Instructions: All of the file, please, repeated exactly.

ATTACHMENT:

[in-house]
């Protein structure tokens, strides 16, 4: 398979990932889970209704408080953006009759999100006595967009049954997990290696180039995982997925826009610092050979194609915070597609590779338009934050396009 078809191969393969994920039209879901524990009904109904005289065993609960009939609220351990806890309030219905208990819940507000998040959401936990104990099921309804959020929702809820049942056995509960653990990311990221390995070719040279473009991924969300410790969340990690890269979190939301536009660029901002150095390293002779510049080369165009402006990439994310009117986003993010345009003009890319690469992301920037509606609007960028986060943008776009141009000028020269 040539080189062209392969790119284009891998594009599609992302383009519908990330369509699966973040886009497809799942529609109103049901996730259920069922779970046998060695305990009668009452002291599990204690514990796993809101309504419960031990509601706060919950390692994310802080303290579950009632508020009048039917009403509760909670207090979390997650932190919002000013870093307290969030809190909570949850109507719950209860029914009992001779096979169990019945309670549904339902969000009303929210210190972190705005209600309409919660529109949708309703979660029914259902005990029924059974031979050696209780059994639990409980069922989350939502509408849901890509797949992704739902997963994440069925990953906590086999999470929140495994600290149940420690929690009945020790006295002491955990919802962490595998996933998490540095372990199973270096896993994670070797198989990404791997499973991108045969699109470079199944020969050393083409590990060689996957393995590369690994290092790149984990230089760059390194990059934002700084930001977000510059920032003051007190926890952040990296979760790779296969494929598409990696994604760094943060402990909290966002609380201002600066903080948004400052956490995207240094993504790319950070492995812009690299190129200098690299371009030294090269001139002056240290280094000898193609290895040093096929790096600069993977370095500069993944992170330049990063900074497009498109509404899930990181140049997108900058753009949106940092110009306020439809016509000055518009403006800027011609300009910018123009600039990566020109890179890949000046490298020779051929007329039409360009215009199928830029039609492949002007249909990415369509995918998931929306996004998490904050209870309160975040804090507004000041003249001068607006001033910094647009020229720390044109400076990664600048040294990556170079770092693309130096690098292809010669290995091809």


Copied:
[in-house]
């Protein structure tokens, strides 16, 4: 398979990932889970209704408080953006009759999100006595967009049954997990290696180039995982997925826009610092050979194609915070597609590779338009934050396009 078809191969393969994920039209879901524990009904109904005289065993609960009939609220351990806890309030219905208990819940507000998040959401936990104990099921309804959020929702809820049942056995509960653990990311990221390995070719040279473009991924969300410790969340990690890269979190939301536009660029901002150095390293002779510049080369165009402006990439994310009117986003993010345009003009890319690469992301920037509606609007960028986060943008776009141009000028020269 040539080189062209392969790119284009891998594009599609992302383009519908990330369509699966973040886009497809799942529609109103049901996730259920069922779970046998060695305990009668009452002291599990204690514990796993809101309504419960031990509601706060919950390692994310802080303290579950009632508020009048039917009403509760909670207090979390997650932190919002000013870093307290969030809190909570949850109507719950209860029914009992001779096979169990019945309670549904339902969000009303929210210190972190705005209600309409919660529109949708309703979660029914259902005990029924059974031979050696209780059994639990409980069922989350939502509408849901890509797949992704739902997963994440069925990953906590086999999470929140495994600290149940420690929690009945020790006295002491955990919802962490595998996933998490540095372990199973270096896993994670070797198989990404791997499973991108045969699109470079199944020969050393083409590990060689996957393995590369690994290092790149984990230089760059390194990059934002700084930001977000510059920032003051007190926890952040990296979760790779296969494929598409990696994604760094943060402990909290966002609380201002600066903080948004400052956490995207240094993504790319950070492995812009690299190129200098690299371009030294090269001139002056240290280094000898193609290895040093096929790096600069993977370095500069993944992170330049990063900074497009498109509404899930990181140049997108900058753009949106940092110009306020439809016509000055518009403006800027011609300009910018123009600039990566020109890179890949000046490298020779051929007329039409360009215009199928830029039609492949002007249909990415369509995918998931929306996004998490904050209870309160975040804090507004000041003249001068607006001033910094647009020229720390044109400076990664600048040294990556170079770092693309130096690098292809010669290995091809």